Early efforts to narrativize COVID-19 have also rendered racialized interspecies intimacies as infectious. Although the epidemic imaginaries of AIDS and COVID-19 are quite different, both use the scene of interspecies intimacy to shore up the operation of racial capitalism. The image of the “wet market,” in particular, now sets a different scene of intimacy across species, with the wetness of the market summoning the image of the slick kiss of fluid touching skin. In this mixing of skin, fluid, and viscera, the boundary of species gets soaked: the fluid of one animal enters the body of another.
President Donald Trump insists on calling the novel coronavirus the “Wuhan” or “Chinese” virus. Such scripting ascribes collective responsibility to China and exculpates American officials, Trump most of all, of criminal incompetence. But it also seeks to explain through racial designation the heightened virulence of the pathogen. That is, although the Chinese are said to have caused the virus, this narration also suggests that the virus itself shares an infectious character with the Chinese: that the virus is both racialized and racializing as Chinese.1 This, in turn, draws from the history of racist tropes that characterized China and the Chinese as infectious, filthy, overpopulated, and riven by endemic illness. Turn-of-the-nineteenth-century white Americans frequently claimed that Chinese immigrants lived in unsanitary tenements because it accorded with their animalistic natures and their disregard of personal freedom and individuality. As historian Nayan Shah (2001) contends, white workers explicitly contrasted their own vision of dignified labor against the unfree “coolie,” who resembled little more than a beast of burden. “The ‘abjectness’ of the Chinese ‘mode of life’ was manifested in the comparisons to farm animals,” Shah writes, “feeding a perception not only of Chinese immigrants' inferiority but also of their inhumanity” (27). Contact with Chinese immigrants allegedly carried a heightened risk of contagion for white Americans precisely because it was an infectious bestial contact: contact between the fully human white American and a bestialized Chinese immigrant risked lowering the former to the status of the latter.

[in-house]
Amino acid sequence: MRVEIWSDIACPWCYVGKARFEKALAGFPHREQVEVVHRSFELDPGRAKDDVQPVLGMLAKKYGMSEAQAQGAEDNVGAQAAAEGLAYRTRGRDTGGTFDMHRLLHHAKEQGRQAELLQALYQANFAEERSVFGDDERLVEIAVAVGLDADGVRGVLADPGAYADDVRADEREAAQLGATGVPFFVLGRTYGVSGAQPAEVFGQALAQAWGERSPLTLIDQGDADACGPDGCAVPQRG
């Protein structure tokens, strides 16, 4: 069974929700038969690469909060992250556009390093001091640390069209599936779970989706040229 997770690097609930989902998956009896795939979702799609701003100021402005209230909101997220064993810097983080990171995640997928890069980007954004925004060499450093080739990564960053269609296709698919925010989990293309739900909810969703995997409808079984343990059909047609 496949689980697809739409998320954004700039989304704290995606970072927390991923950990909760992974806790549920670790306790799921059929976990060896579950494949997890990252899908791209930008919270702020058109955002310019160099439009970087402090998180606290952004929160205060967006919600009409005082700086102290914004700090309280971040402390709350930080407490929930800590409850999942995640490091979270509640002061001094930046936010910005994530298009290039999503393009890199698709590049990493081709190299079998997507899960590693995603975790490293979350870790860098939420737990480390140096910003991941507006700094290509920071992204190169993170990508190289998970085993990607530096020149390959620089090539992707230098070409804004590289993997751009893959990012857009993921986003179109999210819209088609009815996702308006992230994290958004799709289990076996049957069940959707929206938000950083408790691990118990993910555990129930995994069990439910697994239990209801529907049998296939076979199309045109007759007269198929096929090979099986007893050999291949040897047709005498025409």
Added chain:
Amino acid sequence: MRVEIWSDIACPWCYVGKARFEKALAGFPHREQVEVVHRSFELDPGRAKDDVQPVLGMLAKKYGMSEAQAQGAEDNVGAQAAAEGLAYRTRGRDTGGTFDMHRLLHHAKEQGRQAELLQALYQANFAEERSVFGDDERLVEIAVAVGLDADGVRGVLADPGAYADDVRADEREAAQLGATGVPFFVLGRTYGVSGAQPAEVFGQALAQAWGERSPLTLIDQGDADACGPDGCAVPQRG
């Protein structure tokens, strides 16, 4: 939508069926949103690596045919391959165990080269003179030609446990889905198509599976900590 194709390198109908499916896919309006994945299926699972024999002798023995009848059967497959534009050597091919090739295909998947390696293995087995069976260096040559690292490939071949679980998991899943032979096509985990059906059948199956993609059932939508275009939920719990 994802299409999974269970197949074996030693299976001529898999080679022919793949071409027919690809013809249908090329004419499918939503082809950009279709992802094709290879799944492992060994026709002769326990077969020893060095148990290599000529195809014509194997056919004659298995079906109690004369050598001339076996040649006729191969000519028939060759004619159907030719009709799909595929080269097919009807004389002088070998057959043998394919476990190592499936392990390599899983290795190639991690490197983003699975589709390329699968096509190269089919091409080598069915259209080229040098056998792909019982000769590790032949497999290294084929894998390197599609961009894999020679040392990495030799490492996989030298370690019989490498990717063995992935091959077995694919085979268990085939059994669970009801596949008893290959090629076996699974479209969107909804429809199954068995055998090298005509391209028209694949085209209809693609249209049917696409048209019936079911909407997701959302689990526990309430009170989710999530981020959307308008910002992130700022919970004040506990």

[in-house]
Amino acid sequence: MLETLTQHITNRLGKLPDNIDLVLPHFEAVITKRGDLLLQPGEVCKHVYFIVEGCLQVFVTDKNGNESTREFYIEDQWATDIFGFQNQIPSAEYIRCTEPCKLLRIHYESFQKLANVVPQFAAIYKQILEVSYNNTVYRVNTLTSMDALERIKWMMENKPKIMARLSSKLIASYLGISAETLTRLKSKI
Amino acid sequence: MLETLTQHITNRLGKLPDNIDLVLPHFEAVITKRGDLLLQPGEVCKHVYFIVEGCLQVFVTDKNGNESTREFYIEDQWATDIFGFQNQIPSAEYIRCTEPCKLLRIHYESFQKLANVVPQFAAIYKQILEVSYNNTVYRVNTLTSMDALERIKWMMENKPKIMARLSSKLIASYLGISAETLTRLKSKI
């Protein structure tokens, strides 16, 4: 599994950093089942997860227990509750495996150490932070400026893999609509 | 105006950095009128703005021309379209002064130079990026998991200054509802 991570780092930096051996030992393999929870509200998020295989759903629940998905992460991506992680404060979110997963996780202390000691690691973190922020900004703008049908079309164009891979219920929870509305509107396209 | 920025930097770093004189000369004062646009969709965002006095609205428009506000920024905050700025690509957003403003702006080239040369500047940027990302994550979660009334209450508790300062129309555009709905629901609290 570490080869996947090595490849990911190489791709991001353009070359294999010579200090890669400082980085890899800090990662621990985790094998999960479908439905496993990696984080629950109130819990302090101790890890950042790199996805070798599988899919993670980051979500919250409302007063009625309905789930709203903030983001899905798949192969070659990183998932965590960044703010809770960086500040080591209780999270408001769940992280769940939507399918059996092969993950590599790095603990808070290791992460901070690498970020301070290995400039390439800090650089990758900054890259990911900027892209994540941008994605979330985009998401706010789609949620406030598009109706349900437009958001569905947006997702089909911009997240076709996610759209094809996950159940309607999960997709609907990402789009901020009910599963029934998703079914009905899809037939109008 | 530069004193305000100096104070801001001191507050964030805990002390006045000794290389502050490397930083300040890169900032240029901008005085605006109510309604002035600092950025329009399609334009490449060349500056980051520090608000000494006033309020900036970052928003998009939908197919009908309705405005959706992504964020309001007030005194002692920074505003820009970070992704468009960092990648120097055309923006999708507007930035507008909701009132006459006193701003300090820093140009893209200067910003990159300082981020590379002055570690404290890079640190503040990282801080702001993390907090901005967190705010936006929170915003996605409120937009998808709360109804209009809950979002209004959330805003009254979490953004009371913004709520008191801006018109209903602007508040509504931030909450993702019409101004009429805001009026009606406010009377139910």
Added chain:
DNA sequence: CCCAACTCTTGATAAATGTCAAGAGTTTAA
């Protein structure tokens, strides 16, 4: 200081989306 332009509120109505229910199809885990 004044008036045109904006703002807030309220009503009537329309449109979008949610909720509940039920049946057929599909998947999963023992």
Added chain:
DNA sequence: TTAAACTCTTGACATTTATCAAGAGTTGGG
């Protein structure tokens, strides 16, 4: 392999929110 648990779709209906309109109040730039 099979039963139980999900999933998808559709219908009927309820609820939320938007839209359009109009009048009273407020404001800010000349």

Diet tends to be one place where powerful lines of social exclusion and inclusion are drawn, since eating is a paradigmatic act that tests and constantly remaps the body/world boundary (Douglas 2003; Kristeva 1992). As such, diet is a frequent focus in racializing and bestializing discourses (Tompkins 2012). Inclusion in the category “fully human” entails following a diet defined by the protocols of one's species, gender, race, class, religion, nationality, and so on. Divergence from culturally and historically specific dietary protocols sparks social revulsion, censure, and even punishment. Not surprisingly, images of Chinese immigrants as infectious agents dovetailed with widespread lurid fascination with strange diets that reaffirmed their bestial natures. Just as livestock subsisted on a monotonous diet of grain, the labor organizer Samuel Gompers (1908) famously claimed that the “Asiatic coolie” diet of rice was inadequate for a laboring “American manhood” that needed proper meat and bread to maintain his robust independence. But white publics have also long imagined Chinese diets to involve the regular consumption of taboo, forbidden, and exotic animals, a dietary pattern consistent with a bestial willingness to eat anything (Coe 2016; Kim 2015). White audiences were simultaneously intrigued and repulsed. By the early twentieth century, Chinese restaurants were increasingly popular as venues to consume what white audiences believed was an exotic, primitive cuisine. As Haiming Liu (2015) shows, this obsession with inappropriate meats has been a persistent and sensational component of anti-Chinese racism in the United States and continues into the present.